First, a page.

Let’s face it, hardware is expensive, and the price increases and shortages over the last year haven’t helped. Once I totaled up the cost to build CTR2 I was a little surprised.
One way to reduce the cost in the near term is to use the display simulator in the Nextion IDE to replace the hardware display and enclosure. For the cost of the HMI and the Auxiliary – Option 1 board you can have a fully functioning CTR2 system for one radio.
There are several drawbacks to using the Nextion IDE simulator. First, the IDE only works in Windows. To use it you have to boot your PC, load the IDE, load the display firmware file, and start the simulator. Finally, you can’t turn the diagnostic displays off. They continually stream data to and from the display. Because of these issues I only use the simulator for debugging the display code. The lead photo shows an example of the simulator in action.
NOTE: Nextion is pretty clear that this is only a simulation of the actual display, not an emulation. Things don’t always work the way you would expect.
To use the simulator you must connect the RS232 TD, RD, and Ground pins on the HMI‘s Display RJ45 jack to a serial port on your PC. This can easily be done using a perf-board. You can also mount the encoder on the perf-board. The drawing below shows the wiring details. Make sure you identify which standard your CAT5 cable is wired to. Most use the TIA-568B standard but TIA-568A cables are around. If you’re not sure how your cable is wired use an ohmmeter to check it.
Once you have the adapter built, plug the CAT5 cable into the DISPLAY RJ45 jack on the front of the HMI (next to the 3.5mm jacks) and plug the DB9 cable into a suitable USB serial adapter on your PC. Use the Windows Device Manager (right-click on the Start menu) to find out which serial port is assigned to your USB serial adapter if you don’t already know.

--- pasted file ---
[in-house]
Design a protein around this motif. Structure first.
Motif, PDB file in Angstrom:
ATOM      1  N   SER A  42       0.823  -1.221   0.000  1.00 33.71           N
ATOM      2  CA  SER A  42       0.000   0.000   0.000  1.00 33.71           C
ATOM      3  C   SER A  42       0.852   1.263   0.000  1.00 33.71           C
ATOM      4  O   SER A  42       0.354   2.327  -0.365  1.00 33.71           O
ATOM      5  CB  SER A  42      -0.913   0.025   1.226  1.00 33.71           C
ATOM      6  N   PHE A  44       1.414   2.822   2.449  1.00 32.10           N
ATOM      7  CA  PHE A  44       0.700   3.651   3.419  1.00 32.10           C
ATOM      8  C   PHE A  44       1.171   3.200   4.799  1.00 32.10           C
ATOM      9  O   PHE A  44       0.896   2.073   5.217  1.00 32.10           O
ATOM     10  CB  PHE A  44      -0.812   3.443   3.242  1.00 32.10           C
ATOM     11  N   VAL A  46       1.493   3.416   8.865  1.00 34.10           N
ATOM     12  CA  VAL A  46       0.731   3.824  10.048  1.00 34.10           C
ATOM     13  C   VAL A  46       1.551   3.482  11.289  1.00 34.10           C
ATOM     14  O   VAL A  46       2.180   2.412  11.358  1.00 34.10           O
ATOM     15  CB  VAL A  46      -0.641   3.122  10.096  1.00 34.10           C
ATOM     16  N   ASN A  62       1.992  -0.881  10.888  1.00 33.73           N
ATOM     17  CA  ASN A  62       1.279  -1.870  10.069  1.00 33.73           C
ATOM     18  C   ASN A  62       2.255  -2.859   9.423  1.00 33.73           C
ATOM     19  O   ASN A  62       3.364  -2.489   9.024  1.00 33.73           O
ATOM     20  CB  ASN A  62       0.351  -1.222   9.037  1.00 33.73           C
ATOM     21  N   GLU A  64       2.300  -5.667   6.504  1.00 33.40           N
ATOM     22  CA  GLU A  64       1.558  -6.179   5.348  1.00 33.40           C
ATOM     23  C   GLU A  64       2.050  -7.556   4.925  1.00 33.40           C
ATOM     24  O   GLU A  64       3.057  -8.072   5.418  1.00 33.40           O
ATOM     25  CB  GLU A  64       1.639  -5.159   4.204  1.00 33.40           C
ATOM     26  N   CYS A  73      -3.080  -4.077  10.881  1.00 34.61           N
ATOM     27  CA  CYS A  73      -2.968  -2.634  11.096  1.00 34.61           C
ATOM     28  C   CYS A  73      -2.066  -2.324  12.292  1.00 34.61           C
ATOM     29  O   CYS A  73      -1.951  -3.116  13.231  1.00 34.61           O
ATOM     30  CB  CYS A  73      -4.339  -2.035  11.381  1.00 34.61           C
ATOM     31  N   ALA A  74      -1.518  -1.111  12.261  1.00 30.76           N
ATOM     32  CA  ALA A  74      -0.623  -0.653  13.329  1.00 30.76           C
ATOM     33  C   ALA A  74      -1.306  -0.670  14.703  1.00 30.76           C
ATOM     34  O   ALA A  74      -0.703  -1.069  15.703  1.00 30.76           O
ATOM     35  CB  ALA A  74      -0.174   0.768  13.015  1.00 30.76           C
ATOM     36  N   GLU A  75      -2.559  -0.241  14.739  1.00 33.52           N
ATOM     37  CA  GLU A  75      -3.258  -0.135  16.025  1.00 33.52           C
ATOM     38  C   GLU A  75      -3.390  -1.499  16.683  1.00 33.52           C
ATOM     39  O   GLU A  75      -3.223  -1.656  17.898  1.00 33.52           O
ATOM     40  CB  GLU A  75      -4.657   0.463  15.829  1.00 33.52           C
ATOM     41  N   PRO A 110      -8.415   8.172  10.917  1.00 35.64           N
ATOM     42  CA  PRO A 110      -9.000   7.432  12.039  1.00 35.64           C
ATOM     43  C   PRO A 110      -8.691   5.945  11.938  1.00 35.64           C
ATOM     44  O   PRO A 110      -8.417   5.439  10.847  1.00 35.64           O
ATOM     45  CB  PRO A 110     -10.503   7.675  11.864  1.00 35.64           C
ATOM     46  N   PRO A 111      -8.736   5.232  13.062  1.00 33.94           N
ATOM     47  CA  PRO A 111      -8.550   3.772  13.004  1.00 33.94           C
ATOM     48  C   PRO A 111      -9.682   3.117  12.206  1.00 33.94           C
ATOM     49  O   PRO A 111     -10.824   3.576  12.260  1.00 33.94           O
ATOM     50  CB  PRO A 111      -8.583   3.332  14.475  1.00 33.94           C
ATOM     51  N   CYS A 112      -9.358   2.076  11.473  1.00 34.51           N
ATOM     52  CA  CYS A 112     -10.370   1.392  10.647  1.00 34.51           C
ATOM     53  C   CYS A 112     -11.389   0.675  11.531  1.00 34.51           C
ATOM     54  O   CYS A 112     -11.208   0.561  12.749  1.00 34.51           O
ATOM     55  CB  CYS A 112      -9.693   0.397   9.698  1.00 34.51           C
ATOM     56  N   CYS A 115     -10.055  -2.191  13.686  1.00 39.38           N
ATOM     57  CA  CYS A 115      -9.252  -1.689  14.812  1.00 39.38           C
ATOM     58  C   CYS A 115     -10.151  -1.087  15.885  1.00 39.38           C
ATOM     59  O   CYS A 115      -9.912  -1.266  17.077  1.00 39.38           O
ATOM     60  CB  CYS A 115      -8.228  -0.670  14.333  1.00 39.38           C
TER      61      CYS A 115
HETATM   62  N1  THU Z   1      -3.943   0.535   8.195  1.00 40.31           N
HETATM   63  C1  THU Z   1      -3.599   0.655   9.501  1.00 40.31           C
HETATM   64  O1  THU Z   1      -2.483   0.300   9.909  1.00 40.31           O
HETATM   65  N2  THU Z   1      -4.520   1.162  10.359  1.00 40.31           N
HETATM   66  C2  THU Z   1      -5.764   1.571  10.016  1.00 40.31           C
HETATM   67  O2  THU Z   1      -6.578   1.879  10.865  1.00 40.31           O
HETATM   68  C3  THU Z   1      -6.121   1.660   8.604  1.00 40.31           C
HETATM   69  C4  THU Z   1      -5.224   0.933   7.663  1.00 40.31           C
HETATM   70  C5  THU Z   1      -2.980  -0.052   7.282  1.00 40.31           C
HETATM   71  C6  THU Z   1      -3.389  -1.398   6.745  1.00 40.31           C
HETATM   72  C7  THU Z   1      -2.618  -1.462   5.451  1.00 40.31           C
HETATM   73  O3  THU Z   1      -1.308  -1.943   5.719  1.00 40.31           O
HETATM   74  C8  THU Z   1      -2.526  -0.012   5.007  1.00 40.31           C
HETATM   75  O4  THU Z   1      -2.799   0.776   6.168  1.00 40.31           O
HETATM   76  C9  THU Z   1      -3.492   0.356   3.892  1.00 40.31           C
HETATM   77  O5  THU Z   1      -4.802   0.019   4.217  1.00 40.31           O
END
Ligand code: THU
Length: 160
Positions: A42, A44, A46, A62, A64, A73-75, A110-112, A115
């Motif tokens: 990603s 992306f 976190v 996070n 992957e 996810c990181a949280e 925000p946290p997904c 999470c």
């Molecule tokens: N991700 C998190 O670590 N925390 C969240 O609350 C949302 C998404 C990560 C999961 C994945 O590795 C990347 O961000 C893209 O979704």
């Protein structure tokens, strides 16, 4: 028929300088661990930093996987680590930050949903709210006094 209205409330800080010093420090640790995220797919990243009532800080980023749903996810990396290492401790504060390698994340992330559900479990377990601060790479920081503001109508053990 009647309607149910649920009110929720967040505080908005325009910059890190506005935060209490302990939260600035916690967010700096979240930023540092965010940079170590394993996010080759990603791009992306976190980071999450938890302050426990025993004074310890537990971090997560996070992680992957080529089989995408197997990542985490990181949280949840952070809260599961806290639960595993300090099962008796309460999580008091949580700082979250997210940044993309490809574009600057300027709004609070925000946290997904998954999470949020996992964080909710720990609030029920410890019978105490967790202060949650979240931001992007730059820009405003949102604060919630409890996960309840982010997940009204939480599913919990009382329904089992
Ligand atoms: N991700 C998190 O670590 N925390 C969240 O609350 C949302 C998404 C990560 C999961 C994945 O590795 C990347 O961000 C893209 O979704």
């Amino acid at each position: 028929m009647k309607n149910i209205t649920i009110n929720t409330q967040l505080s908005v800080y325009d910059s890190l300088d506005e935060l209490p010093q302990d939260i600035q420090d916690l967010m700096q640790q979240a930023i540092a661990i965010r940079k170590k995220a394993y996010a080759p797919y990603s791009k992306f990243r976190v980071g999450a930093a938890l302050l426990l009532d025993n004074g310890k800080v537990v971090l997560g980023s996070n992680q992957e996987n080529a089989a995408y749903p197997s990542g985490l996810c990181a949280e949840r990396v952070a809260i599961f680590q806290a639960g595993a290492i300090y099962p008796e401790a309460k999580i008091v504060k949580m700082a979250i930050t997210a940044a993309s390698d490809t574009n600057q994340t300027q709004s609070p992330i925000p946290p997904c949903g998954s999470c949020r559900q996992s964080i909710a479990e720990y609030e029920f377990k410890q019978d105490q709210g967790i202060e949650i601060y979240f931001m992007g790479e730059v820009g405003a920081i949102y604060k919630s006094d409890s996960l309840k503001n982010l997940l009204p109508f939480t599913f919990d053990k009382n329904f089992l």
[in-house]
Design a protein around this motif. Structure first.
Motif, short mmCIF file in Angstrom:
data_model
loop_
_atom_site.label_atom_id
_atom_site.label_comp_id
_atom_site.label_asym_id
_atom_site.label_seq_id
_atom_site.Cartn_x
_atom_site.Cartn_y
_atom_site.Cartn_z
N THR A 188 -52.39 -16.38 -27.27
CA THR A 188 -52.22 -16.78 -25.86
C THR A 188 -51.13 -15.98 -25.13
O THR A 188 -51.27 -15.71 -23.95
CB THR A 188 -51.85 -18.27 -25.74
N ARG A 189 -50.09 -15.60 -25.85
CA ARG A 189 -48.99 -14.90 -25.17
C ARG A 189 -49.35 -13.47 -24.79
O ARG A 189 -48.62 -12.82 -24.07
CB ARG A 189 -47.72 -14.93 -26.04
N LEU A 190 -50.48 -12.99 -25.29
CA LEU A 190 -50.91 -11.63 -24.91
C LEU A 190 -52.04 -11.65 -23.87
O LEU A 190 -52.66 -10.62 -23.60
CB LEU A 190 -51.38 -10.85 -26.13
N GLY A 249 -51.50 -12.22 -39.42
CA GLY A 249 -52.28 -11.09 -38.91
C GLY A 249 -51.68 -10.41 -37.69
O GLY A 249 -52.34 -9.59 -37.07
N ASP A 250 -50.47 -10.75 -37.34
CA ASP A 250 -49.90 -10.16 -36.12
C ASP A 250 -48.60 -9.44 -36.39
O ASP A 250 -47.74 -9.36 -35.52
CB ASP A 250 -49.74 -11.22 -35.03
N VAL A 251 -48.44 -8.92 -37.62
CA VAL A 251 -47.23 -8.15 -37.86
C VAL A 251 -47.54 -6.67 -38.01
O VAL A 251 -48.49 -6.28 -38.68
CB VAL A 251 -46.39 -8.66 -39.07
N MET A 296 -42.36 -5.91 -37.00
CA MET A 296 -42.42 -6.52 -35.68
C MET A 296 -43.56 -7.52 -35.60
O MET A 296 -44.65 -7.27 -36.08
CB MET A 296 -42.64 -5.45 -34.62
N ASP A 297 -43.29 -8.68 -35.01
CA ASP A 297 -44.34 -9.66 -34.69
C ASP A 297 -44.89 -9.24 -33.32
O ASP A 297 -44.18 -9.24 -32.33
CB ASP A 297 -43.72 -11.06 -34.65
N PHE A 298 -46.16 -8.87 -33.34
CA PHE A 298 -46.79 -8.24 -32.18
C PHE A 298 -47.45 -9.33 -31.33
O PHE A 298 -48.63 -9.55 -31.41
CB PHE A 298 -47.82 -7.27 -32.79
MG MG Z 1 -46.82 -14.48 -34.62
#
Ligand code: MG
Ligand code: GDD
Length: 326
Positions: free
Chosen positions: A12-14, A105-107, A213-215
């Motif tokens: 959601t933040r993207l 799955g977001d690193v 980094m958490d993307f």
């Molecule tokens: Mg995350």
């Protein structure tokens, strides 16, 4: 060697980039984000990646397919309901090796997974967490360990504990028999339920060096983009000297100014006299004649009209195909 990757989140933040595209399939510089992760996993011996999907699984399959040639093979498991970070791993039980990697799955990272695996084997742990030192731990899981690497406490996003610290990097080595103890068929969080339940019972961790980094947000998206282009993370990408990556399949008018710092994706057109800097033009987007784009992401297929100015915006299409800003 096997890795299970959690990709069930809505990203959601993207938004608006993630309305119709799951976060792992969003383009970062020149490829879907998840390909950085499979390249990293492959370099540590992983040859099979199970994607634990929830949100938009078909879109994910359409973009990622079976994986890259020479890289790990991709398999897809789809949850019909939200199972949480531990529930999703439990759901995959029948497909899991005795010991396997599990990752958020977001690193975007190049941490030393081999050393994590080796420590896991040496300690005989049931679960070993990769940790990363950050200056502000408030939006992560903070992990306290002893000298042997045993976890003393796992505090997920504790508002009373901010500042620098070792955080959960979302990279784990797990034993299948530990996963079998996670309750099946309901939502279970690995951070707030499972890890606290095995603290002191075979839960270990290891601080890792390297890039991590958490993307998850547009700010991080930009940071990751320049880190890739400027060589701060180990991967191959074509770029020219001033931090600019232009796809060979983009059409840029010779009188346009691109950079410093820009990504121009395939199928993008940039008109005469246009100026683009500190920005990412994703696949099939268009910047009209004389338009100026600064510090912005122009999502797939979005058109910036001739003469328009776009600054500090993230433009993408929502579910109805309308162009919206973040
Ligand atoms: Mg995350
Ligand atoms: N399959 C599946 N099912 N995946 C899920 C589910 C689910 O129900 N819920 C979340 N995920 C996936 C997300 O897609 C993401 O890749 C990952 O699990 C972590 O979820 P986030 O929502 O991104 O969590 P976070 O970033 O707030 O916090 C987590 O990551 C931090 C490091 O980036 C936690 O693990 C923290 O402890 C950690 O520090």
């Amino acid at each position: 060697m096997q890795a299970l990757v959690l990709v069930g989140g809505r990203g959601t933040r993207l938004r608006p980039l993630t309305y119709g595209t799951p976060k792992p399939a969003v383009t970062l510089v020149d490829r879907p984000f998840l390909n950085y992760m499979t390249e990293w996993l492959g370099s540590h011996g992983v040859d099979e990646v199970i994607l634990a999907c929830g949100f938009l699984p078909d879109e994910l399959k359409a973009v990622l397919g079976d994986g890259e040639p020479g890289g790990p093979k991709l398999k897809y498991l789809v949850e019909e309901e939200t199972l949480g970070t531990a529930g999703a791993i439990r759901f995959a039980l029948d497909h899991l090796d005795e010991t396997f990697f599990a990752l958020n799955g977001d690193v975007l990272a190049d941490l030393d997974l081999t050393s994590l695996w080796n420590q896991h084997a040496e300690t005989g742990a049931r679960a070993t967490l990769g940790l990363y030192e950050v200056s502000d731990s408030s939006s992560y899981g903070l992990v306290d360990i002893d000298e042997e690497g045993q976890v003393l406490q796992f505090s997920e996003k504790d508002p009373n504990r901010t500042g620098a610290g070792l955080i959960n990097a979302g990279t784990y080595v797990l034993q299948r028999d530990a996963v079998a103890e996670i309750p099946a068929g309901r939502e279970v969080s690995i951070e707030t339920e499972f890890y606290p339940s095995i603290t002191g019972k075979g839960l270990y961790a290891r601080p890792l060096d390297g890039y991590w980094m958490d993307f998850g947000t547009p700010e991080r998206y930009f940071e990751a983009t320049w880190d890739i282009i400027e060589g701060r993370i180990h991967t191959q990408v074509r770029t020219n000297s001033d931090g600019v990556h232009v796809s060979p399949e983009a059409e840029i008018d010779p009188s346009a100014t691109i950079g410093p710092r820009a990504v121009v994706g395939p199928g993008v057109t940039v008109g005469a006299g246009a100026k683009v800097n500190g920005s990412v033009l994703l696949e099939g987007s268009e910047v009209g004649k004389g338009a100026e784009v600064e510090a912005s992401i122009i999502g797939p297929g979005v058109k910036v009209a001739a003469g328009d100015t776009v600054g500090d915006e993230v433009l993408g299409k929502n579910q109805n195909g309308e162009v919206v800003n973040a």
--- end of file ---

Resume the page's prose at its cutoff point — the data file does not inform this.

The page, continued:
Next, start the Nextion IDE and load the CTR2_5-0.hmi file to simulate the 5″ display, or you can load CTR2_3-5.hmi for the 3.5″ display.
Next, click the Debug button on the button bar (5th button from the left). This will compile the program and open the simulator shown in the lead photo. To start the simulator running on your serial port click the User MCU Input radio button in the bottom left corner. Set the Com Port to the PC’s serial port assigned to your USB serial adapter, set the Baud to 115200 and click Start. Lastly, turn the HMI on. After a short time the display will flash a couple of times then start running the program.
NOTE: Do not select the serial port created for the Teensy micro-USB connection. This port is used to program the Teensy and provides a CAT port to 3rd party applications and is functional while you’re simulating the display. Also, use a quality FTDI based USB serial adapter. I stay away from Prolific adapters after having several problems with them.
That’s all there is to it. You can do everything from the simulator that you can do on a physical display, except touch-screen. Your mouse is used instead of your finger.
If you’ve installed the encoder on the perf-board it should also be functional. Turning it will change the frequency and pressing it down will step through the encoder menu. If the direction of the encoder is reversed, simply swap the A and B leads. If it doesn’t work at all, check the pins to make sure you don’t have a solder bridge shorting them out.
I’ve thought about creating a stand-alone program to replace the simulator that just presents the HMI display on your PC. While this is certainly possible, it becomes yet another code base to maintain. It’s already a challenge keeping the 3.5″ and 5″ displays and the Teensy code bases in sync. Any change in one usually needs to be applied to the others, and that is a pain. At the end of the day, I think you’ll find that the small remote display sitting next to your keyboard the best solution.